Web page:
If someone asked me what I think the most important aspect of rolling while wearing a gi is, I’d surely reply that it’s the grip fight. There’s no doubt about it. And just to reinforce what I’m saying here, I want you to think about the very first thing you do when you’re rolling gi. That’s right, you get your grips.
I remember a class we had up at Jeff’s place a few years ago. Gerry Navarra, a Judo black belt, made a visit and taught us some pretty sweet principles of Judo. One of the things he really focused on was grips. In Judo, grips are everything. Start to finish – if you don’t have grips, you don’t have anything.
After that class, we had sort of a round robin thing go on, where one person was in the middle and every other person had to come in and try to take them down (one by one). I had varied luck with most of my classmates, but the one person I had the most difficulty with was Gerry himself. He’s a really nice guy, but I swear, once he clamps those vice-like hands on you, there’s no getting away. It’s like he turns into someone else. When it was my turn and when I approached Gerry, he swiftly and effortlessly grabbed me and placed me on the ground. I looked up at him with amazement and at that very moment learned to importance of grip fighting.
Through the years, I’ve sort of forgotten about the ‘ol grip fight. I had leaned towards rolling no-gi and all that goes along with it. As you probably already know, the game’s completely different when you aren’t wearing a gi. No more lapel grips, no more sleeve grips, no more pant grips. It’s all hooks – under, over and in between.
When I arrived in Florida and joined up with Fighting Chance, I was overwhelmed with the feeling of wishing I had worked on my grip game a bit more than I had. I was forced to quickly brush up on what I used to know – and thinking back to what Gerry taught me helped a lot. And now that I really think about it some more, there’s no better player to turn to when you have the desire to learn about grips than a Judo player.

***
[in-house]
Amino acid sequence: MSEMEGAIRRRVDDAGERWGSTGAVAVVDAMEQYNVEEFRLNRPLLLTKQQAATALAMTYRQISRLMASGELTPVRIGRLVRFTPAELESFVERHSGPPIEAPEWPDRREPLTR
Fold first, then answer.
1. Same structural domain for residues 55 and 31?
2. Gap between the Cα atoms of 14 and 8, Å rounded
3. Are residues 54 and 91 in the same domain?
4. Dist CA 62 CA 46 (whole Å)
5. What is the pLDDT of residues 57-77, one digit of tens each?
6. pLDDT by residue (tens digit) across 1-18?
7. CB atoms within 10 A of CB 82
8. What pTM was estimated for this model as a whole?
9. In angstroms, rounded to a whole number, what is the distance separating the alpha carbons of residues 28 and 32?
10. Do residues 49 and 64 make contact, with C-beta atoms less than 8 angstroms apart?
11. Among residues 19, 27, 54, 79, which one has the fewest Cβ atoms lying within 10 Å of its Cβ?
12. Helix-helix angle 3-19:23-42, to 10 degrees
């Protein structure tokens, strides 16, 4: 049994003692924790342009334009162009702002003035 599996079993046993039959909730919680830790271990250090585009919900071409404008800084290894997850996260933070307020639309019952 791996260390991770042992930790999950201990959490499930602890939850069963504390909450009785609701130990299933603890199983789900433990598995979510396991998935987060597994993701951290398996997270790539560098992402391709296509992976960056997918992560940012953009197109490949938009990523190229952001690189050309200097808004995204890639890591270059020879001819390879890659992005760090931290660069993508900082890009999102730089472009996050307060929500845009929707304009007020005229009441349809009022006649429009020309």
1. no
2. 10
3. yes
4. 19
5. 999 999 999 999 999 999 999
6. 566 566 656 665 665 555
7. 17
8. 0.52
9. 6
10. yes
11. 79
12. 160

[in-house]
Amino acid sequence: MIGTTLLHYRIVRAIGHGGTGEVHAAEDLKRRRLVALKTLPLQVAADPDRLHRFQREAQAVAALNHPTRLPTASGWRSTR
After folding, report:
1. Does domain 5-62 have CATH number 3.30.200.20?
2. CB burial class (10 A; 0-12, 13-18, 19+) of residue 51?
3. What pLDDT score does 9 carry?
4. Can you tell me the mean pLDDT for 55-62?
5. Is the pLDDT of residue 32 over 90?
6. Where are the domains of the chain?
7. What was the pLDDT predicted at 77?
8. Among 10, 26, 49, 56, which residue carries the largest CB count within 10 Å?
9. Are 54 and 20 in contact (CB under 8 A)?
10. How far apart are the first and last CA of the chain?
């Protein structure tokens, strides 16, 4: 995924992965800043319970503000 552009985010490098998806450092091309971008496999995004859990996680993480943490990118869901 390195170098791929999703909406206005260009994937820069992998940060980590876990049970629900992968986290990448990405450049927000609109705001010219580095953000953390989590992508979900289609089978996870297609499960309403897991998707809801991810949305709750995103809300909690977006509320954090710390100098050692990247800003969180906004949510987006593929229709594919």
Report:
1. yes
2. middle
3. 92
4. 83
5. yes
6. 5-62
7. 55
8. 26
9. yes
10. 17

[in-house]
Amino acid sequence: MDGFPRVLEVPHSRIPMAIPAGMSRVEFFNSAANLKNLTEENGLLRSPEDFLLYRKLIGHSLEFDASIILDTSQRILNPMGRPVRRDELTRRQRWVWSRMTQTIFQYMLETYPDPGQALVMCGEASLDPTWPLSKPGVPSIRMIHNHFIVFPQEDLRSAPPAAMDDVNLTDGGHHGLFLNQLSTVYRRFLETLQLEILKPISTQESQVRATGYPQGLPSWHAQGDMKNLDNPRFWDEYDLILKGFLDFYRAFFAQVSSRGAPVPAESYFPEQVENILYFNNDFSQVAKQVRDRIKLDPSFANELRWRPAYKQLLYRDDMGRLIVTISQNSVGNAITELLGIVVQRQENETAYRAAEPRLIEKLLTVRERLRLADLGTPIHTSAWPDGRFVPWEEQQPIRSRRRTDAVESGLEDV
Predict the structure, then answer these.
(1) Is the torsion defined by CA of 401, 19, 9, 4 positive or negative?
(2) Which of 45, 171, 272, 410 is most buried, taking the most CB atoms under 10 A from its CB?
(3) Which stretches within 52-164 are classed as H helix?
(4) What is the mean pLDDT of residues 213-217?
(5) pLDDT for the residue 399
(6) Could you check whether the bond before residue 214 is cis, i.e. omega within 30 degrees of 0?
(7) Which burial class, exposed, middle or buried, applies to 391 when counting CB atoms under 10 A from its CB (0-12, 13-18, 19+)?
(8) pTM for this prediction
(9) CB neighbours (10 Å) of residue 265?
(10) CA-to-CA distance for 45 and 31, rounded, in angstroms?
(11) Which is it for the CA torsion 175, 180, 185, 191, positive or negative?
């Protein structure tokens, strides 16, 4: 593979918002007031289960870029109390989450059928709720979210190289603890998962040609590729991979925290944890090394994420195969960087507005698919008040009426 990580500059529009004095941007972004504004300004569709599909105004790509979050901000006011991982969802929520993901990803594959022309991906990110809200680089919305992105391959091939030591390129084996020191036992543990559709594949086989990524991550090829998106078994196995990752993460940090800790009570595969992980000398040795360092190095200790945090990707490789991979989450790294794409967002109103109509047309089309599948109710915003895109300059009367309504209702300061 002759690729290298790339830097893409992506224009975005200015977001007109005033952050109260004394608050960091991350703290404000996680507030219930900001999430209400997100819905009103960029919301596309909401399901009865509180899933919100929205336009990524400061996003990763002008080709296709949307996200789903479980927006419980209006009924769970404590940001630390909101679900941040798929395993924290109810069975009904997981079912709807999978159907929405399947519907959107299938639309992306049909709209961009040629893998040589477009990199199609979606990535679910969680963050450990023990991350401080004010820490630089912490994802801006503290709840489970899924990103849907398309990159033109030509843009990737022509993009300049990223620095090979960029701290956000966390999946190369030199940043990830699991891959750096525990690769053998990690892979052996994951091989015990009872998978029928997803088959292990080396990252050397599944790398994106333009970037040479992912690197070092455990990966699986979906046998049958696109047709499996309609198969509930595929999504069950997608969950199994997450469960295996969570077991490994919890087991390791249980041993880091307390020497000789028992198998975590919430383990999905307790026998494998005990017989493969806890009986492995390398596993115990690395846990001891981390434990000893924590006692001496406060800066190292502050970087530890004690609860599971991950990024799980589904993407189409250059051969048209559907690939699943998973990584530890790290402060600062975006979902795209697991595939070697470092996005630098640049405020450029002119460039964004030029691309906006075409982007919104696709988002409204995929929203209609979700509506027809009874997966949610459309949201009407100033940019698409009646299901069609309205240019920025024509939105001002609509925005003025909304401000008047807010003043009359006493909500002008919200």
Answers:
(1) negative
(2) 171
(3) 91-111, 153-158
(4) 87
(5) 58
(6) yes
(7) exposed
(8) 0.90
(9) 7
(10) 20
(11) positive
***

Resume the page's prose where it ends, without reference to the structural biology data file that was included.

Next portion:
There are a few guys up at Fighting Chance that are really good at grip fighting. I’ve gone up against them multiple times and if I don’t pull off a triangle or something like that, my downfall is usually due to them getting superior grips on me – and not letting go. I notice these little things and when I see myself failing in a certain area, it’s tough for me to ignore it. I have to study up on it to find the exact items I need to work on. And after Thursday’s class, that’s exactly what I’ve been doing.
I found a few videos this afternoon put out by BJJ Weekly, featuring none other than Olympic competitor, Jimmy Pedro. I figured that if grips were important and that if I could learn a lot from a Judo guy, Jimmy Pedro was the man to watch. Lucky for me, BJJ Weekly got to him and asked him to answer the same questions I had:
– What’s a good gripping strategy?
– Should I block my opponent from getting initial grips on me?
– Once I get my grips, should I block my opponent from doing the same?
– What’s more beneficial – inside or outside grips?
– What’s the best way to break my opponent’s grips?
It’s funny because there really is a strategy to these things. It’s not enough to know that you need good grips. It’s not enough to know that you should block your opponent’s grip attempt on you and it’s not enough to know that you should do everything in your power to break grips once they happen. While knowing is half the battle, how to deal with each scenario before and after it occurs is the other half. It could make or break your fight.
I’m going to post two of the videos I watched today down below. They’re really good at answering the questions I posed above. And if you want to continue on and learn even more about grip fighting, check out the links I added below the videos. They might just help your game.
Jimmy Pedro – Judo for Jiu-Jitsu – Grip Strategy
Jimmy Pedro – Grip Break Power Play
An Introduction to Kumi Kata (Grip Fighting) for Novice Judo Athletes
Jiu Jitsu – Achieving Unbreakable Grips